Excessive inflation hurts families on a fixed income and people whose earnings rise less than the inflation rate. Businesses are hit with higher costs and may not be able to raise their prices. Interest rates usually rise during inflationary periods. First, lenders increase their nominal rates to compensate for lower real (after inflation) returns. Second, the Federal Reserve typically increases rates to slow the inflation rate. The threat of higher inflation may jeopardize the passage of President Biden’s spending package. Much also depends on the supply of labor. Will people return to the workplace? The Fed is hoping they will. A shortage of workers would continue the upward pressure on wages. Rising pay and prices can feed on one another. Prices increase. Workers negotiate a higher wage to offset the higher cost of living. Companies increase prices to pay for their higher labor cost. In the 1970s, when inflation was prevalent, rising wages and rising prices spiraled out of control – that is until the Fed induced a recession. Ultimately, fewer workers also mean less money circulating through the economy, which can slow economic growth. 

The international markets may also hamper growth. The US economy has prospered more than most other countries, largely because of government stimulus payments. Sadly, only one-eighth of the world’s population is fully vaccinated. If Covid continues to disrupt these countries, supply chain challenges will persist. Many of these economies are not as resilient as the US economy. Downturns in them will adversely impact US exports.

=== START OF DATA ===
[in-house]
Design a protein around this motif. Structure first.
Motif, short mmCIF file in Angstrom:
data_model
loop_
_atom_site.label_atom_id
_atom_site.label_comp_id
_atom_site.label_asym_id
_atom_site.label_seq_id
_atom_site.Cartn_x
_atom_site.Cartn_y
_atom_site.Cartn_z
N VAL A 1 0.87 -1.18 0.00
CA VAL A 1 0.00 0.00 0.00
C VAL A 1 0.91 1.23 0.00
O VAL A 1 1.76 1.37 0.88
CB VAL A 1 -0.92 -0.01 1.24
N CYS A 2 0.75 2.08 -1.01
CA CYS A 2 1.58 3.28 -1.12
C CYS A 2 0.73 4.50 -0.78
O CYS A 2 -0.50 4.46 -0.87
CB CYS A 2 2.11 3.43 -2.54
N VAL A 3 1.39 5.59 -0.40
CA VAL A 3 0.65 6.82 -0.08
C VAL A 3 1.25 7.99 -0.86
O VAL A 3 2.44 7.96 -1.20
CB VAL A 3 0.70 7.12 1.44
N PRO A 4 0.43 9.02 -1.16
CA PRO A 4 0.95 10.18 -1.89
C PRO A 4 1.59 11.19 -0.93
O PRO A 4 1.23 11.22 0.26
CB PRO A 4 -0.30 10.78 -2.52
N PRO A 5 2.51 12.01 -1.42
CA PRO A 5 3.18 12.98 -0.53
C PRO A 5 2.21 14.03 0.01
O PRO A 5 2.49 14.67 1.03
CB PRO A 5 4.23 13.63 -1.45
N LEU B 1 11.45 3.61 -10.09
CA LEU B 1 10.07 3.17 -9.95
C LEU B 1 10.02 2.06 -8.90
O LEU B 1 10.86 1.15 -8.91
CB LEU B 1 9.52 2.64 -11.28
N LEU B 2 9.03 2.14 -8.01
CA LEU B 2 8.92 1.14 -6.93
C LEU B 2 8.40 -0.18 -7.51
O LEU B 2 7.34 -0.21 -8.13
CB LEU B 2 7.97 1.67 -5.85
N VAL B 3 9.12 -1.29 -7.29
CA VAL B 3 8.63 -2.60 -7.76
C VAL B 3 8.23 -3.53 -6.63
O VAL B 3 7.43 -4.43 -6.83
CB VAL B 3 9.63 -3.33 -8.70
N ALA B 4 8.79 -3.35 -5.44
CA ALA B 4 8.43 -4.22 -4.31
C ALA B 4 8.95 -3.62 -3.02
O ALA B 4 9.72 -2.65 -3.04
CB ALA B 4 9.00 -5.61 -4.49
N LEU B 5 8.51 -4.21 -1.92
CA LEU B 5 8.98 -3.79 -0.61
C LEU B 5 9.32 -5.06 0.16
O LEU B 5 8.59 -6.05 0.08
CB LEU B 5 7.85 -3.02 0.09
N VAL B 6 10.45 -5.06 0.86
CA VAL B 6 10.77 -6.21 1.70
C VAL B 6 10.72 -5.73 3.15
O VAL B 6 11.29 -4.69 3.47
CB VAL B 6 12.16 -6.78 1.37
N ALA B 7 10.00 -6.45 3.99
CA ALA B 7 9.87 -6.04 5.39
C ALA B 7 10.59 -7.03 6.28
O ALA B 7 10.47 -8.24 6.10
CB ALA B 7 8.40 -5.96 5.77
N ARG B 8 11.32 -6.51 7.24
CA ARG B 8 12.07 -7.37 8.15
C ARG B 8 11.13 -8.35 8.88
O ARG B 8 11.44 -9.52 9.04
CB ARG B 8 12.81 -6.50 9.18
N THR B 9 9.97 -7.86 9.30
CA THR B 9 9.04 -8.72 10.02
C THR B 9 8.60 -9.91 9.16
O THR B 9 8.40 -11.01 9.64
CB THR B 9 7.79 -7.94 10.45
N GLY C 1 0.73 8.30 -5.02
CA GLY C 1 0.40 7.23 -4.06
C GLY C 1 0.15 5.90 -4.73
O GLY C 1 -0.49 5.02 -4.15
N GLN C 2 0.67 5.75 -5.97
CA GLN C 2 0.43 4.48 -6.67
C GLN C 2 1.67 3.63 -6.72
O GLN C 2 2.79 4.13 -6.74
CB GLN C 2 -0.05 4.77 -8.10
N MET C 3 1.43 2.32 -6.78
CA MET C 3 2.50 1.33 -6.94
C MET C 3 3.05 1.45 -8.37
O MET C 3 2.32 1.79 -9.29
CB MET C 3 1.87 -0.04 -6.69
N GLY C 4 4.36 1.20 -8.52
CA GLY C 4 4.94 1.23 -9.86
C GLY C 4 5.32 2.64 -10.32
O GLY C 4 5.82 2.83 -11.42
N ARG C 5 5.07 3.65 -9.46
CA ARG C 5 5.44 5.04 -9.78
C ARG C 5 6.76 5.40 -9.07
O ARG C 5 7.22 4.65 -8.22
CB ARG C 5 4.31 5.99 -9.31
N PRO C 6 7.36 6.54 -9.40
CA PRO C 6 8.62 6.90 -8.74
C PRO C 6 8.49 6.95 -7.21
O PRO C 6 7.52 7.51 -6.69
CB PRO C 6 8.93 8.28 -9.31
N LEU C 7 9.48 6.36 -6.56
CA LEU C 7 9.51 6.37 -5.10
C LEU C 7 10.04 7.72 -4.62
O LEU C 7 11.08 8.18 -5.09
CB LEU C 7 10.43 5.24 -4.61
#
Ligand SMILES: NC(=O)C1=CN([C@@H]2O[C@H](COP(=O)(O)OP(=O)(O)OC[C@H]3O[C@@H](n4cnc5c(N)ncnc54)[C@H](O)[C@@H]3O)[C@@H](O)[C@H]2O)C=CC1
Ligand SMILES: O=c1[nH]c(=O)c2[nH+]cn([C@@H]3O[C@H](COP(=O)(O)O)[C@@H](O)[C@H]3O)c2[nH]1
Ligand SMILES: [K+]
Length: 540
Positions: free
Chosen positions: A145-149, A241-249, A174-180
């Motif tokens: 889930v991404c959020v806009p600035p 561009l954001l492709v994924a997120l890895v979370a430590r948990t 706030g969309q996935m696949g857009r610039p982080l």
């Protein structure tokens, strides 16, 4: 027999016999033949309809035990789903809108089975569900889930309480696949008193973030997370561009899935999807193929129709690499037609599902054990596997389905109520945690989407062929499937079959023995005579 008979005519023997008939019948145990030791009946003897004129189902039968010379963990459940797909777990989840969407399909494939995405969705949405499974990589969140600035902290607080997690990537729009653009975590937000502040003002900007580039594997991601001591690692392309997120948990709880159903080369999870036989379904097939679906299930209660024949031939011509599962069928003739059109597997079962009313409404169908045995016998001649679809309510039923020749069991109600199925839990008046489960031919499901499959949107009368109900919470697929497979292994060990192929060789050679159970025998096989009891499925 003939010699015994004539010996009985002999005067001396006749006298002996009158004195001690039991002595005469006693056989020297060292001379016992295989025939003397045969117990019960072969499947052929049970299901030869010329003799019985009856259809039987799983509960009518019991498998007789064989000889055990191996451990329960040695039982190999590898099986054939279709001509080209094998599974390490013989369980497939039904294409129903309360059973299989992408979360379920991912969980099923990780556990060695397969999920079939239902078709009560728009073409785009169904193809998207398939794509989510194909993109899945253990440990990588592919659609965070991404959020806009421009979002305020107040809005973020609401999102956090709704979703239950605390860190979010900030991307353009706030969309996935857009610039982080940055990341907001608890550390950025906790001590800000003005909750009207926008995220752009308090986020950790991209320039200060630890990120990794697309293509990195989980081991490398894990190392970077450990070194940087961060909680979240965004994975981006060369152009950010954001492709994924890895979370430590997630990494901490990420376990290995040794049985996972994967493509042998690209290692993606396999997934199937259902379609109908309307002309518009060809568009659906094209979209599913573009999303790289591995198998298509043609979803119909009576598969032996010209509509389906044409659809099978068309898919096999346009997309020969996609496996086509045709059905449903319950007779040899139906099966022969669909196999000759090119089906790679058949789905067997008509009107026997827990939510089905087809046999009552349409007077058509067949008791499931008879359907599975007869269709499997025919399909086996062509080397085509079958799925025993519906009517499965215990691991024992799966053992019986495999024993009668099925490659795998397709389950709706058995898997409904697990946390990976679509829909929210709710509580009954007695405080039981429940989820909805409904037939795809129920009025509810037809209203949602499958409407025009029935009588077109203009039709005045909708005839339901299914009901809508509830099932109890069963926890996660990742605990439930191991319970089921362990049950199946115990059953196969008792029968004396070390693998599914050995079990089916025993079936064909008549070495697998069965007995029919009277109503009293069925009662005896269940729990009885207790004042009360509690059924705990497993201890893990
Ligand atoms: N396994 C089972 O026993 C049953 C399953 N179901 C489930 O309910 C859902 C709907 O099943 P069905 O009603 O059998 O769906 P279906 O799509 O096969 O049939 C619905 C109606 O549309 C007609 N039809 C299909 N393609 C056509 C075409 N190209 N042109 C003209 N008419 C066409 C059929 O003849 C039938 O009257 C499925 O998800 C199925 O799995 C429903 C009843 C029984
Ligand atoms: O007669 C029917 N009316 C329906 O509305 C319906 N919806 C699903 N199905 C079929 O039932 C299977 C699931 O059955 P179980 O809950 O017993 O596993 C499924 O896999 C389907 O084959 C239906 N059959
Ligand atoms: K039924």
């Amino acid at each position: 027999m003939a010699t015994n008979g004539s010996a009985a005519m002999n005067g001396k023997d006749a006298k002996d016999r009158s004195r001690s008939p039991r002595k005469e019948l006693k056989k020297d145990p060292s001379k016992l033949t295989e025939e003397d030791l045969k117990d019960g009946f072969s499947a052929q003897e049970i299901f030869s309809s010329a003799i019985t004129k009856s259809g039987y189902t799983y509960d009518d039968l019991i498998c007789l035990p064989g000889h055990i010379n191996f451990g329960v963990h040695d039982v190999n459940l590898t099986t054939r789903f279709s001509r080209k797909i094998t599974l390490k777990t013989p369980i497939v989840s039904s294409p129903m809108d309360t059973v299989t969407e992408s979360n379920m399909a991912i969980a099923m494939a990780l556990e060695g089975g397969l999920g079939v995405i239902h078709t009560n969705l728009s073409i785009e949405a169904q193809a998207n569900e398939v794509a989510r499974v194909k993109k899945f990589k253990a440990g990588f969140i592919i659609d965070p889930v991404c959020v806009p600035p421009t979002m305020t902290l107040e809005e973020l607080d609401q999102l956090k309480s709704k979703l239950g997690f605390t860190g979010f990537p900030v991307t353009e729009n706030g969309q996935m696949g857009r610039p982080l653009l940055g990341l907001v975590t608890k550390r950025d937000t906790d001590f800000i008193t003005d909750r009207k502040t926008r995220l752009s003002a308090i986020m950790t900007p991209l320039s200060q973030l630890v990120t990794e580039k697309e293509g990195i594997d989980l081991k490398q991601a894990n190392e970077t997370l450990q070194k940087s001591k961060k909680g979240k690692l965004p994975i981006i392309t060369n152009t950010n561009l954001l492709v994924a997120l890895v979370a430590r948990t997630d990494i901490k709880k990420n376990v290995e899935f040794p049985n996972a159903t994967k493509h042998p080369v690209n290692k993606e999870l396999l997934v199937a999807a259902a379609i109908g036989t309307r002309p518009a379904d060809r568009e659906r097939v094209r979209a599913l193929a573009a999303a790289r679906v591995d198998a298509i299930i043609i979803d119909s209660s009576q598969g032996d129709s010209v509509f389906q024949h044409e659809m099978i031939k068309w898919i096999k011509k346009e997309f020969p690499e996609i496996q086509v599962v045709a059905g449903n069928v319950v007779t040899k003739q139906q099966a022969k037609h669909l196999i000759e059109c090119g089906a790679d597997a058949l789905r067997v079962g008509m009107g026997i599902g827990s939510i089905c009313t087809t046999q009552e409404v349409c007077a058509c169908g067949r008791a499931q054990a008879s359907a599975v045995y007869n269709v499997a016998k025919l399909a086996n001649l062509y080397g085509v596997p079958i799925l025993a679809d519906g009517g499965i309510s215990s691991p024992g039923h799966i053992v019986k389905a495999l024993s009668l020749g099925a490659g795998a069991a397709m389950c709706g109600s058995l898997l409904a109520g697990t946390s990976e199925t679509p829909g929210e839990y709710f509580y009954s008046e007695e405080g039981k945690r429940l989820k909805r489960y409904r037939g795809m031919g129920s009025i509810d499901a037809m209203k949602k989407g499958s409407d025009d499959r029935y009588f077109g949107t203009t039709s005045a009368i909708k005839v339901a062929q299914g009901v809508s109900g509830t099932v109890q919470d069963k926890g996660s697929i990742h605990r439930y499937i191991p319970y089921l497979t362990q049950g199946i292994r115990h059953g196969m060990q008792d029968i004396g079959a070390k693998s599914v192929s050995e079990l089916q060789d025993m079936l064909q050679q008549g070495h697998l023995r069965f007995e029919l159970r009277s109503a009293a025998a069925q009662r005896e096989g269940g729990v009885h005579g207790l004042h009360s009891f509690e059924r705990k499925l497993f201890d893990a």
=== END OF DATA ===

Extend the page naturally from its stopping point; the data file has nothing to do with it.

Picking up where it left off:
Later this month, the BEA will confirm the US economy is growing at a near record clip when it publishes its advance estimate for the second quarter of 2021. Some economists will describe the economy as being overheated. If the FOMC agrees, then the Fed will begin to raise interest rates sooner. To make your own evaluation, pay close attention to those items you purchase with the largest price increase. Are they goods and services that suffered during the pandemic? Have supply chain issues impacted their delivery? If the answer to these questions is “yes,” then chances are inflation will subside. But if the answer is “no,” then inflation has become more widespread. Economists and investors will pay close attention to employment figures. Will people return to the workforce? If not, will businesses continue to increase wages to attract employees? If so, will the increase in workers be sufficient to reduce wage inflation? The Fed has made it clear that it does not want to slow the recovery before the employment situation improves but that it is willing to step in if it believes inflation is persistent. The answers to these questions will determine the Fed’s direction.